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Core melt retention and cooling concept of the ERP

Abstract

For the French/German European Pressurized Water Reactor (EPR) mitigative measures to cope with the event of a severe accident with core melt down are considered already at the design stage. Following the course of a postulated severe accident with reactor pressure vessel melt through one of the most important features of a future design must be to stabilize and cool the melt within the containment by dedicated measures. This measures should - as far as possible - be passive. One very promising solution for core melt retention seems to be a large enough spreading of the melt on a high temperature resistant protection layer with water cooling from above. This is the favorite concept for the EPR. In dealing with the retention of a molten core outside of the RPV several ``steps`` from leaving the RPV to finally stabilize the melt have to gone through. These steps are: collection of the melt; transfer of the melt; distribution of the melt; confining; cooling and stabilization. The technical features for the EPR solution of a large spreading of the melt are: Dedicated spreading chamber outside the reactor pit (area about 150 m{sup 2}); high temperature resistant protection layers (e.g. Zirconia bricks) at  More>>
Authors:
Weisshaeupl, H; [1]  Yvon, M [2] 
  1. SIEMENS/KWU, Erlangen (Germany)
  2. Nuclear Power International, Paris (France)
Publication Date:
Dec 01, 1996
Product Type:
Conference
Report Number:
IAEA-TECDOC-920; CONF-9411339-
Reference Number:
SCA: 210200; PA: AIX-28:021793; EDB-97:039721; SN: 97001747504
Resource Relation:
Conference: Advisory group meeting on technical feasibility and reliability of passive safety systems for nuclear power plants, Juelich (Germany), 21-24 Nov 1994; Other Information: PBD: Dec 1996; Related Information: Is Part Of Technical feasibility and reliability of passive safety systems for nuclear power plants. Proceedings of an advisory group meeting; PB: 357 p.
Subject:
21 NUCLEAR POWER REACTORS AND ASSOCIATED PLANTS; PWR TYPE REACTORS; COOLING; DESIGN; EUROPE; FEDERAL REPUBLIC OF GERMANY; FRANCE; MELTDOWN; MITIGATION; REACTOR CORES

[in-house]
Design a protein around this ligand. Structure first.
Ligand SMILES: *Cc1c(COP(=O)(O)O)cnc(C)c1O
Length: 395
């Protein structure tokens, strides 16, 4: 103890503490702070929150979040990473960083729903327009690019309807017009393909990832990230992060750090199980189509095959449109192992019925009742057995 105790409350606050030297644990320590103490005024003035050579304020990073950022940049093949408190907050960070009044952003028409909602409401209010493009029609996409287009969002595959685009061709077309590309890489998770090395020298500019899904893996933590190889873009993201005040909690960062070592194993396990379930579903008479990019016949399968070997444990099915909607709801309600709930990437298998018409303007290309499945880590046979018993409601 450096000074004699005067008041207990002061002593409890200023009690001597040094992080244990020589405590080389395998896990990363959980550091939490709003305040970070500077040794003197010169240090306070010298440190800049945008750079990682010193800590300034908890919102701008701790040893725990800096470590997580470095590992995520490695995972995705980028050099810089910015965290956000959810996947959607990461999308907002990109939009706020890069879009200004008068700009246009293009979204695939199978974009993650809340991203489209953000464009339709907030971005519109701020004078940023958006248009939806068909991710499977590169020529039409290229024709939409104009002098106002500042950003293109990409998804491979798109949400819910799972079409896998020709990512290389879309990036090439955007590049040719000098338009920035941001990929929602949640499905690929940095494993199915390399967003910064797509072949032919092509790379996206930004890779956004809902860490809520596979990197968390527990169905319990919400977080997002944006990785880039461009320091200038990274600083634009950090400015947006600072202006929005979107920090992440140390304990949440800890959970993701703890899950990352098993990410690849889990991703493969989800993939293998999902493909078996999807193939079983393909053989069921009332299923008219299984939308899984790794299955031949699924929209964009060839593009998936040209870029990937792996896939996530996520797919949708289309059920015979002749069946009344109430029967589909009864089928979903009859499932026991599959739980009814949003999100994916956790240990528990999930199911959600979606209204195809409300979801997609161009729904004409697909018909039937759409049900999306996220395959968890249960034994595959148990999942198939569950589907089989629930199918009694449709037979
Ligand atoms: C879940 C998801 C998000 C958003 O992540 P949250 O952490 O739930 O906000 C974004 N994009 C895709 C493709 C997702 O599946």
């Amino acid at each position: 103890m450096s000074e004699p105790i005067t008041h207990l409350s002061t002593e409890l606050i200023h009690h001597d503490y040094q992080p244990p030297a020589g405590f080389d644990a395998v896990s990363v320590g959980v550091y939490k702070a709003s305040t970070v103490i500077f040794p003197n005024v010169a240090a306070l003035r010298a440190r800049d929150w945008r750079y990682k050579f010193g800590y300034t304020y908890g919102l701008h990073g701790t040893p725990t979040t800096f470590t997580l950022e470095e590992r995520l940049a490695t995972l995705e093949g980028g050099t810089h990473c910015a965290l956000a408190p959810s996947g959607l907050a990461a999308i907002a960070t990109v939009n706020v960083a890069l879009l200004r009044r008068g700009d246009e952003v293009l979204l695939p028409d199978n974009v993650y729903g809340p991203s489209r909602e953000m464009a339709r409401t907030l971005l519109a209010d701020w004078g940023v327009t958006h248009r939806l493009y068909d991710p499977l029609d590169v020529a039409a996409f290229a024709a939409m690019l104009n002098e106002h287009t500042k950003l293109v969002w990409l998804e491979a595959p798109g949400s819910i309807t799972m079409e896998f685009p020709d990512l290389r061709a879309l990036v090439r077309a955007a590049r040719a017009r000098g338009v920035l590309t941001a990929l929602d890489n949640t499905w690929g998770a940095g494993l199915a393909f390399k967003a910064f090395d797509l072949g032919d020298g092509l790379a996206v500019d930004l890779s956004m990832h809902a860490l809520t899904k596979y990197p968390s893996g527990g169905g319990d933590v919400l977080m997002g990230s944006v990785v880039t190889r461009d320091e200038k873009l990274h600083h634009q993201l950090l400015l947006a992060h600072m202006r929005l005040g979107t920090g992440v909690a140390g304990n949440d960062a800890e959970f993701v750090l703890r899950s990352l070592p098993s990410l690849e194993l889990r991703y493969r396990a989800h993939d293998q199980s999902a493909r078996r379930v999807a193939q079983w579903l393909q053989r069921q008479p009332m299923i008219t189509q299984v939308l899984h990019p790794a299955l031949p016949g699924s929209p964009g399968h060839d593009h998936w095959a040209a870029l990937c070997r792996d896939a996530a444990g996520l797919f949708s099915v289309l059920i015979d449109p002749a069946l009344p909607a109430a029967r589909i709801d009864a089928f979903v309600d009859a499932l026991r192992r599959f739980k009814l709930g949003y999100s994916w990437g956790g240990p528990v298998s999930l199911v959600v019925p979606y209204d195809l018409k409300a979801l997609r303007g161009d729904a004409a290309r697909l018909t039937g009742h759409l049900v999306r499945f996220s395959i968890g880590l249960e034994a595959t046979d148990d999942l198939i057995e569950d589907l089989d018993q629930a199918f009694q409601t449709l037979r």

OSTI ID:
440039
Research Organizations:
International Atomic Energy Agency, Vienna (Austria)
Country of Origin:
IAEA
Language:
English
Other Identifying Numbers:
Journal ID: ISSN 1011-4289; Other: ON: DE97615987; TRN: XA9743173021793
Availability:
INIS; OSTI as DE97615987
Submitting Site:
INIS
Size:
pp. 253-266
Announcement Date:

Citation Formats

Weisshaeupl, H, and Yvon, M. Core melt retention and cooling concept of the ERP. IAEA: N. p., 1996. Web.
Weisshaeupl, H, & Yvon, M. Core melt retention and cooling concept of the ERP. IAEA.
Weisshaeupl, H, and Yvon, M. 1996. "Core melt retention and cooling concept of the ERP." IAEA.
@misc{etde_440039,
title = {Core melt retention and cooling concept of the ERP}
author = {Weisshaeupl, H, and Yvon, M}
abstractNote = {For the French/German European Pressurized Water Reactor (EPR) mitigative measures to cope with the event of a severe accident with core melt down are considered already at the design stage. Following the course of a postulated severe accident with reactor pressure vessel melt through one of the most important features of a future design must be to stabilize and cool the melt within the containment by dedicated measures. This measures should - as far as possible - be passive. One very promising solution for core melt retention seems to be a large enough spreading of the melt on a high temperature resistant protection layer with water cooling from above. This is the favorite concept for the EPR. In dealing with the retention of a molten core outside of the RPV several ``steps`` from leaving the RPV to finally stabilize the melt have to gone through. These steps are: collection of the melt; transfer of the melt; distribution of the melt; confining; cooling and stabilization. The technical features for the EPR solution of a large spreading of the melt are: Dedicated spreading chamber outside the reactor pit (area about 150 m{sup 2}); high temperature resistant protection layers (e.g. Zirconia bricks) at the bottom and part of the lateral structures (thus avoiding melt concrete interaction); reactor pit and spreading compartment are connected via a discharge channel which has a slope to the spreading area and is closed by a steel plate, which will resist the core melt for a certain time in order to allow a collection of the melt; the spreading compartments is connected with the In-Containment Refuelling Water Storage Tank (IRWST) with pipes for water flooding after spreading. These pipes are closed and will only be opened by the hot melt itself. It is shown how the course of the different steps mentioned above is processed and how each of these steps is automatically and passively achieved. (Abstract Truncated)}
place = {IAEA}
year = {1996}
month = {Dec}
}